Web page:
Antigone is a Greek tragic piece written by Sophocles.
In his opening speech, Creon makes his motives clear, that “no man who is his country’s enemy shall call himself my friend.” This part of his declaration was kept to the letter, as he refused burial for his nephew, Polynices.
King Creon of Thebes is an ignorant and oppressive ruler.
Nora goes against the grain of middle class society by first forging her father's signature and then deceiving her husband, Torvald, throughout their marriage; Antigone, on the other hand, openly challenges and defies the rule of men, including her uncle and King of Thebes, Creon....
However, Creon’s attitudes and actions change drastically between Oedipus the King and Antigone; gradually coming to mirror Oedipus himself, shifting from humility to the stubborn pride of a tyrant.
From Oedipus the King to Antigone, Creon changes a great deal.
I will show how Creon’s pride of power leads to his destruction, and how Antigone’s pride makes her an honorable character who should be treated as a hero.
In Oedipus the King, Creon has no intention whatsoever of being king.
Martin Heidegger in “The Ode on Man in Sophocles’ Antigone” explains, in a rather involved theory, the destruction of Creon’s character: The conflict between the overwhelming presence of the essent as a whole and man’s violent being-there creates the possibility of downfall into the issueless and placeless: disaster....
Creon begins ruling Thebes in a very difficult time and circumstance.
In the play, the laws of the gods are set up against the laws of man, and the two appear irreconcilable as the values are upheld by equally opposing characters, Creon and Antigone respectively.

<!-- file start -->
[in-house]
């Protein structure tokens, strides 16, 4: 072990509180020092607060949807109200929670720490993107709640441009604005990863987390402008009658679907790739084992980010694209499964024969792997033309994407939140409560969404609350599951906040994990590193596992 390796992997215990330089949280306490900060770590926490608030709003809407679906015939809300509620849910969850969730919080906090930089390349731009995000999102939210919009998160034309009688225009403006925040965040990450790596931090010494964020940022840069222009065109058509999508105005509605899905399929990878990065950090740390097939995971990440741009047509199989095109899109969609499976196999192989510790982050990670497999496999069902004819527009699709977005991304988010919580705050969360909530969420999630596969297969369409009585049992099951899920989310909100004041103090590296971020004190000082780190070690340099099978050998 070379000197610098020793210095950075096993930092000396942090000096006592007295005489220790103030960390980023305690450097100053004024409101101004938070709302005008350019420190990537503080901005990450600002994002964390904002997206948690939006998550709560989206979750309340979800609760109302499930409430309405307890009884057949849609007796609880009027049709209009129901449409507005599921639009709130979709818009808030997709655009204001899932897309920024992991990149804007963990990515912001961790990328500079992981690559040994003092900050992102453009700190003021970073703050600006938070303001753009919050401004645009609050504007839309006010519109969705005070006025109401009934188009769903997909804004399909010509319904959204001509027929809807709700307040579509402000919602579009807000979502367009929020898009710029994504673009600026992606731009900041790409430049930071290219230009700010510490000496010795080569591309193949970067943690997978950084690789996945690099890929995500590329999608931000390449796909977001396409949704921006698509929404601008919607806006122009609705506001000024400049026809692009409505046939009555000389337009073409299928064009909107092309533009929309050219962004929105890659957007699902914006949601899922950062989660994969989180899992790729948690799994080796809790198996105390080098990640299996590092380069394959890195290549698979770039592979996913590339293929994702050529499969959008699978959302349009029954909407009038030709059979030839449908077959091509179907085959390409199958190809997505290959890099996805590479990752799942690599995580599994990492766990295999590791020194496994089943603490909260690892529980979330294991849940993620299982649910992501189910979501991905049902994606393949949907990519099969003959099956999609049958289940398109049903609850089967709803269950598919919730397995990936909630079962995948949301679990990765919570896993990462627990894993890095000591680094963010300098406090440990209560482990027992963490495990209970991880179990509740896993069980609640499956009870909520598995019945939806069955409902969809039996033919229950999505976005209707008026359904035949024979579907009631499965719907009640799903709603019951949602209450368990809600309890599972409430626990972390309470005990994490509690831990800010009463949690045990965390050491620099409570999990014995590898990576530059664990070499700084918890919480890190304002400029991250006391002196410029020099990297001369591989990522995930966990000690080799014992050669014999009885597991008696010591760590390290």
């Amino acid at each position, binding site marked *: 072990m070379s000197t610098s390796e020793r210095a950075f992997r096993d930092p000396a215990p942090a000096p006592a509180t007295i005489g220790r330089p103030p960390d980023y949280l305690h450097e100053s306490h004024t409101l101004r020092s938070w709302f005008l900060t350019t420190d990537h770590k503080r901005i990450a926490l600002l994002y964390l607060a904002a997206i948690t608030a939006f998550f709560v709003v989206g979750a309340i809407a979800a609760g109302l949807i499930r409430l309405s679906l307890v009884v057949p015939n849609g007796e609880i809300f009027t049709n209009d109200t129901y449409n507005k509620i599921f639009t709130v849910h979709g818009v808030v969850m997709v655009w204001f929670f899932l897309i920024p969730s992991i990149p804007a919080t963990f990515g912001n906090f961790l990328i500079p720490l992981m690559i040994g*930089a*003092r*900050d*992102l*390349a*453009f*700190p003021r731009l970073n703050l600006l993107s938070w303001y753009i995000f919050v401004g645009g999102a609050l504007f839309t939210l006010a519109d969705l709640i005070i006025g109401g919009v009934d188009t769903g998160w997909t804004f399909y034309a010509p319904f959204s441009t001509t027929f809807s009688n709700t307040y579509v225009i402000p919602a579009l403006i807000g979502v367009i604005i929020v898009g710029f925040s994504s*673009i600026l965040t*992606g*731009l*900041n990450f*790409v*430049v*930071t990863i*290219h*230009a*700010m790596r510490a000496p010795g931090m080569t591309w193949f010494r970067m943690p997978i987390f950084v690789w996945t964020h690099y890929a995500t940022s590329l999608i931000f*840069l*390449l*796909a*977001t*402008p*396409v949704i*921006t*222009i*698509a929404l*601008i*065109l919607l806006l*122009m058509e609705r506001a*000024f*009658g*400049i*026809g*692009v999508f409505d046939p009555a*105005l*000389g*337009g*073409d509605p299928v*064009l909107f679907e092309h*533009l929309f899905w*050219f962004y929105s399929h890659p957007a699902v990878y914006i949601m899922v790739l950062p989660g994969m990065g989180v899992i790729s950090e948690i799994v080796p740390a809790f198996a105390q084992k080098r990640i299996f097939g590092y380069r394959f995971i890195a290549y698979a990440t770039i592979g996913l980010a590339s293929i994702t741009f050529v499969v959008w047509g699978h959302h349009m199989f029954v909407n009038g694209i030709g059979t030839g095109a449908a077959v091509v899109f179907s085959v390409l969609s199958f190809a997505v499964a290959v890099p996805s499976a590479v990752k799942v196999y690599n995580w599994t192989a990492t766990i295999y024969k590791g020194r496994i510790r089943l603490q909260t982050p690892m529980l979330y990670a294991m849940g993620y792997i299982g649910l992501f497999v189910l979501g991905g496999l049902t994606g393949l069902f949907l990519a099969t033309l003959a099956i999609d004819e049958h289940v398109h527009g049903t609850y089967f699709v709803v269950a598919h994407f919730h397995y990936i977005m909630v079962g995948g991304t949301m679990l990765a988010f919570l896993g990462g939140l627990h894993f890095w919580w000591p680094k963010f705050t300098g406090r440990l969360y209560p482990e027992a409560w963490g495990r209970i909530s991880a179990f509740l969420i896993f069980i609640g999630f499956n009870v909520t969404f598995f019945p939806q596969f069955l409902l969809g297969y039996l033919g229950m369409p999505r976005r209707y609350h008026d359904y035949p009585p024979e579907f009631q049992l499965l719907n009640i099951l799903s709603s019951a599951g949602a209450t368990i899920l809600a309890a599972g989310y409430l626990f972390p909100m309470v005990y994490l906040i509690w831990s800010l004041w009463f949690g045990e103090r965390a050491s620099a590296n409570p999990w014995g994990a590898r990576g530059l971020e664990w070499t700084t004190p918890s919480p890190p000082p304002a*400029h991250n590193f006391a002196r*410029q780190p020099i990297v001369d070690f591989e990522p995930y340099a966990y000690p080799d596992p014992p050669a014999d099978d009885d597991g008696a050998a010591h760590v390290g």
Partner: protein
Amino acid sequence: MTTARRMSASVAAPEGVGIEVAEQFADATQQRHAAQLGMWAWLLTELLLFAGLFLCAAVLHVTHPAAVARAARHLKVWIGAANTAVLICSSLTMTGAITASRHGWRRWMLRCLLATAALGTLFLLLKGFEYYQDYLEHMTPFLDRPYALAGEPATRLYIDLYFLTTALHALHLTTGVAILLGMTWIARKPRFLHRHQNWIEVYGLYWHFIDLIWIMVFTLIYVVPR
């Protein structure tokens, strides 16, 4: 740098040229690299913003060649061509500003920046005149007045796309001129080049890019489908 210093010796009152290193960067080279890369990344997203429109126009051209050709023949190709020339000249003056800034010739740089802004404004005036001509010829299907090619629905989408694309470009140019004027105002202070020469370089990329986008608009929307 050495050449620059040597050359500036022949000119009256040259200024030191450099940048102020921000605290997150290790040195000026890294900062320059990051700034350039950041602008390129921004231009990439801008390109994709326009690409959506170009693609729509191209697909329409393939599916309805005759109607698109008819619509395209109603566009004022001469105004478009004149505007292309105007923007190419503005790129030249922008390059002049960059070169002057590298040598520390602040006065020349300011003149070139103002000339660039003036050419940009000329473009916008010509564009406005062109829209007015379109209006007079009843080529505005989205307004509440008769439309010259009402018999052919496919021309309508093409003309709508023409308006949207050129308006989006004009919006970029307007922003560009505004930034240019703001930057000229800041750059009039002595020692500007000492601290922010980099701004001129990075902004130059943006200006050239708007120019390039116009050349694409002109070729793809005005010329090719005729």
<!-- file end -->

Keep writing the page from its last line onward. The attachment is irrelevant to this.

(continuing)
In Sophocle’s play, Antigone, the most tragic hero is Creon.
Over the course of Sophocles' three plays Antigone, Oedipus the King, and Oedipus at Colonus, Creon gradually changes from a moral, just king into a morally corrupt and deceptive character....
As King of Thebes, Creon is forced to make difficult decisions.
In Sophocles’s Antigone, the main character (Antigone) acts as a protofeminist by defying the authority of a patriarchal society and taking action according to what she believes is right in her heart.
The first impression of the younger Creon is he very religious.
Analytically speaking, however, Creon does seem to more categorically fit the appellation of “Tragic Hero.” There is no doubt as to the nature of the work, that being tragedy....
Also when Creon is younger he takes advice from people.
Sophocles in his tragedy Antigone teaches about “morally desirable attitudes and behavior,” (4) and uses a woman as heroine and another woman in a supporting role to do most of the instructing of the audience in this regard....